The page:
Poverty UN sustainability goals 1Zero hunger and food security UN SDG2Health and well being UN SDG3Education UN sustainable development goal 4Gender equaltiy for men and women UN SDG 5Sanitation and clean water for all SDG 6

Clean affordable energy for all UN sustainability goal 7Jobs and sustainable economic growth SDG 8Innovation in industry and sustainable infrastructure SDG 9Reduced inequalities for all sustainable development goal 10Cities and communities that are sustainable goal 11Consumption and production that is sustainable SDG 12

Action against climate change sustainable development goal 13Ocean and marine conservation UN sustainable development goals 14Biodiversity conserving life on land SDG 15Justice and institutional integrity for peace SDG 16Partnerships between governments and corporations SDG 17United Nations sustainable  development goals for 2030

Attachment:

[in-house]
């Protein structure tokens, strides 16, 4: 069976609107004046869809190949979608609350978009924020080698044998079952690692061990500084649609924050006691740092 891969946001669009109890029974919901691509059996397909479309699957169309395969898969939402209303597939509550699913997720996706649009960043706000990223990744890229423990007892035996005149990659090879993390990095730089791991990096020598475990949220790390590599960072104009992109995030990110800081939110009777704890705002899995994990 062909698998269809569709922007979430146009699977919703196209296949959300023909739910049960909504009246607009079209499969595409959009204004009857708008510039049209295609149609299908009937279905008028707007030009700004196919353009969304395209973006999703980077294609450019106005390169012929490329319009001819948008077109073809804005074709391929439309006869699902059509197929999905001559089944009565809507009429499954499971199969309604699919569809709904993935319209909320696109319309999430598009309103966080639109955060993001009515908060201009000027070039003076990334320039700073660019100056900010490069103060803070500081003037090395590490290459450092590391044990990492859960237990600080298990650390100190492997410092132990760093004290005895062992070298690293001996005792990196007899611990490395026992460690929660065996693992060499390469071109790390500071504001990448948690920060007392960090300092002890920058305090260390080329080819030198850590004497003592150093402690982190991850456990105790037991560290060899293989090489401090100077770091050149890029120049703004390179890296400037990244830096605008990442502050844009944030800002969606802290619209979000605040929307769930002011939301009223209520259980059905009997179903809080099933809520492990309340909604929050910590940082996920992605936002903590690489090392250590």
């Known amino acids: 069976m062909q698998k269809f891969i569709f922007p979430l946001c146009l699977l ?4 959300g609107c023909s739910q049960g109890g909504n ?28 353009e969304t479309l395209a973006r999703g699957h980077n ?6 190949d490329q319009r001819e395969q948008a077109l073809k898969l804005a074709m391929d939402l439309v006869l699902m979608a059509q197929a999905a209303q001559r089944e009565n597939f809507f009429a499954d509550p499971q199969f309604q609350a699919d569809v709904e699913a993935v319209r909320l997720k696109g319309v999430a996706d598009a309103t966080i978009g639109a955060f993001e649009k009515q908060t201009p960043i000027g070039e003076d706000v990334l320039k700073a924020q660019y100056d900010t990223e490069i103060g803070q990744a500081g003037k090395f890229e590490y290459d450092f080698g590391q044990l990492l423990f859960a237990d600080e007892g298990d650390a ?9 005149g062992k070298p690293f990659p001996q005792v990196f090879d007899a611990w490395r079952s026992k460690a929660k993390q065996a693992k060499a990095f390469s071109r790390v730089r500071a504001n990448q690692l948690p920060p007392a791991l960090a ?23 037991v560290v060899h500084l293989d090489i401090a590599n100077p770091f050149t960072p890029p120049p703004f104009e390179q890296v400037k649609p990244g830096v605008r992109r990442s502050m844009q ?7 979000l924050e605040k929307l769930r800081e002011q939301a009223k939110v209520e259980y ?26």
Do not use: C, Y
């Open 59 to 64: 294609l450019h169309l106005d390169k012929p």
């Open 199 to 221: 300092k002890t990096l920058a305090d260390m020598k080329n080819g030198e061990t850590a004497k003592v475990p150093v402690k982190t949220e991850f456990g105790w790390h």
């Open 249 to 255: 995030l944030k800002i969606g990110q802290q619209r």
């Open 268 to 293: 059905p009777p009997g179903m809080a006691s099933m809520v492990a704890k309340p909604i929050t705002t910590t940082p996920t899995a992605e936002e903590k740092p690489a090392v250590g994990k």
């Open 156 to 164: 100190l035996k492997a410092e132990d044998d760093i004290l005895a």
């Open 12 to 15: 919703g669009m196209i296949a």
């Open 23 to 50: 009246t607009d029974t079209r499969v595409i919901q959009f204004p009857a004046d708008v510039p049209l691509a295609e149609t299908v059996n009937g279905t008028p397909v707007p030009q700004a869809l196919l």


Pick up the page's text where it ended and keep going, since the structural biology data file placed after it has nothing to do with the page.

Red flag corruption in politics and policy making

 

RED FLAG POLITICIANS - Politicians are elected to represent the people, but in fact epitomize the financiers and industrialists who have been exploiting planet earth just as hard as they can, leading to global warming, deserts, acid oceans and rising sea levels as the ice caps melt. This kind of corruption in high level policy making must be stamped out if we are to ascend to circular economies for a sustainable future. Politicians who are caught out must be eliminated from standing for office and any proceeds of crime confiscated as examples to other politicians in positions of trust. We must do all we can to maintain high standards in public life - using registers for potential conflicts of interest - and constant monitoring of violations of moral and ethical codes of conduct.

 

 

LINKS & REFERENCE

 

http://www.imo.org

https://en.wikipedia.org/wiki/International_Maritime_Organization

https://en.wikipedia.org/wiki/List_of_intergovernmental_organizations

 

 

 

 

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WE NEED AN ANTI-PLASTIC ANTI GLOBAL WARMING OCEAN ALLIANCE FOR WORLD FOOD SECURITY